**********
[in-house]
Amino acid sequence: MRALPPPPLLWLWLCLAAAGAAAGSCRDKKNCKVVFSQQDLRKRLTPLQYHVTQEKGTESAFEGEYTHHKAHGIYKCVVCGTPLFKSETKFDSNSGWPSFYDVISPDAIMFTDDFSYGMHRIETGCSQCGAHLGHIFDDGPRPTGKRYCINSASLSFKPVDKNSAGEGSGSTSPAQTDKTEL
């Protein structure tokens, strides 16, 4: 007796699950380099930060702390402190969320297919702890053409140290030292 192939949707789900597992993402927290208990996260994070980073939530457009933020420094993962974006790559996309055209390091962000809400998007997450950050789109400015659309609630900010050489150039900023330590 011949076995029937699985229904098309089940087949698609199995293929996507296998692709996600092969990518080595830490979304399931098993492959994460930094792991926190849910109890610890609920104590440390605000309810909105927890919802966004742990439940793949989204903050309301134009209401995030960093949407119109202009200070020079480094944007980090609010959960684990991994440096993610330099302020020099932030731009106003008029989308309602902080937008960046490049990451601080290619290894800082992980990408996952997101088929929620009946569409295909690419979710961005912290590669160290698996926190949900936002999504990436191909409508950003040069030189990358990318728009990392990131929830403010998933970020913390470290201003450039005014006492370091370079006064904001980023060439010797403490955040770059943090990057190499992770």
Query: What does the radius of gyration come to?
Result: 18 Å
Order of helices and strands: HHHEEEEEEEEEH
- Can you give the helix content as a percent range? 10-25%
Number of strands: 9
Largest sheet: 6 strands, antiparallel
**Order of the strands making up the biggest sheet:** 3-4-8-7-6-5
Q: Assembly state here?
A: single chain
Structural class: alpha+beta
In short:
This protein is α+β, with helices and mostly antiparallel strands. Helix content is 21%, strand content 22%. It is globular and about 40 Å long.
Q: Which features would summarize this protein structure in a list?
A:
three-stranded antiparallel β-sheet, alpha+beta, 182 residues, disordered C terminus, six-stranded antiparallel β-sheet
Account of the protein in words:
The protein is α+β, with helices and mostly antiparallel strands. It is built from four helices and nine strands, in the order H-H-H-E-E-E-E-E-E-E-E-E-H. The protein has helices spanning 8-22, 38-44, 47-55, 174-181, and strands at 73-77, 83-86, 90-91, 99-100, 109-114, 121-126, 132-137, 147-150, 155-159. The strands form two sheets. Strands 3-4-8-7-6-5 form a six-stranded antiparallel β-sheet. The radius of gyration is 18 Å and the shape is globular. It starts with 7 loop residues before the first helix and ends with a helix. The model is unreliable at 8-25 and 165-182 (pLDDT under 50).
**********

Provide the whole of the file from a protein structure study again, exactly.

[in-house]
Amino acid sequence: MRALPPPPLLWLWLCLAAAGAAAGSCRDKKNCKVVFSQQDLRKRLTPLQYHVTQEKGTESAFEGEYTHHKAHGIYKCVVCGTPLFKSETKFDSNSGWPSFYDVISPDAIMFTDDFSYGMHRIETGCSQCGAHLGHIFDDGPRPTGKRYCINSASLSFKPVDKNSAGEGSGSTSPAQTDKTEL
């Protein structure tokens, strides 16, 4: 007796699950380099930060702390402190969320297919702890053409140290030292 192939949707789900597992993402927290208990996260994070980073939530457009933020420094993962974006790559996309055209390091962000809400998007997450950050789109400015659309609630900010050489150039900023330590 011949076995029937699985229904098309089940087949698609199995293929996507296998692709996600092969990518080595830490979304399931098993492959994460930094792991926190849910109890610890609920104590440390605000309810909105927890919802966004742990439940793949989204903050309301134009209401995030960093949407119109202009200070020079480094944007980090609010959960684990991994440096993610330099302020020099932030731009106003008029989308309602902080937008960046490049990451601080290619290894800082992980990408996952997101088929929620009946569409295909690419979710961005912290590669160290698996926190949900936002999504990436191909409508950003040069030189990358990318728009990392990131929830403010998933970020913390470290201003450039005014006492370091370079006064904001980023060439010797403490955040770059943090990057190499992770």
Query: What does the radius of gyration come to?
Result: 18 Å
Order of helices and strands: HHHEEEEEEEEEH
- Can you give the helix content as a percent range? 10-25%
Number of strands: 9
Largest sheet: 6 strands, antiparallel
**Order of the strands making up the biggest sheet:** 3-4-8-7-6-5
Q: Assembly state here?
A: single chain
Structural class: alpha+beta
In short:
This protein is α+β, with helices and mostly antiparallel strands. Helix content is 21%, strand content 22%. It is globular and about 40 Å long.
Q: Which features would summarize this protein structure in a list?
A:
three-stranded antiparallel β-sheet, alpha+beta, 182 residues, disordered C terminus, six-stranded antiparallel β-sheet
Account of the protein in words:
The protein is α+β, with helices and mostly antiparallel strands. It is built from four helices and nine strands, in the order H-H-H-E-E-E-E-E-E-E-E-E-H. The protein has helices spanning 8-22, 38-44, 47-55, 174-181, and strands at 73-77, 83-86, 90-91, 99-100, 109-114, 121-126, 132-137, 147-150, 155-159. The strands form two sheets. Strands 3-4-8-7-6-5 form a six-stranded antiparallel β-sheet. The radius of gyration is 18 Å and the shape is globular. It starts with 7 loop residues before the first helix and ends with a helix. The model is unreliable at 8-25 and 165-182 (pLDDT under 50).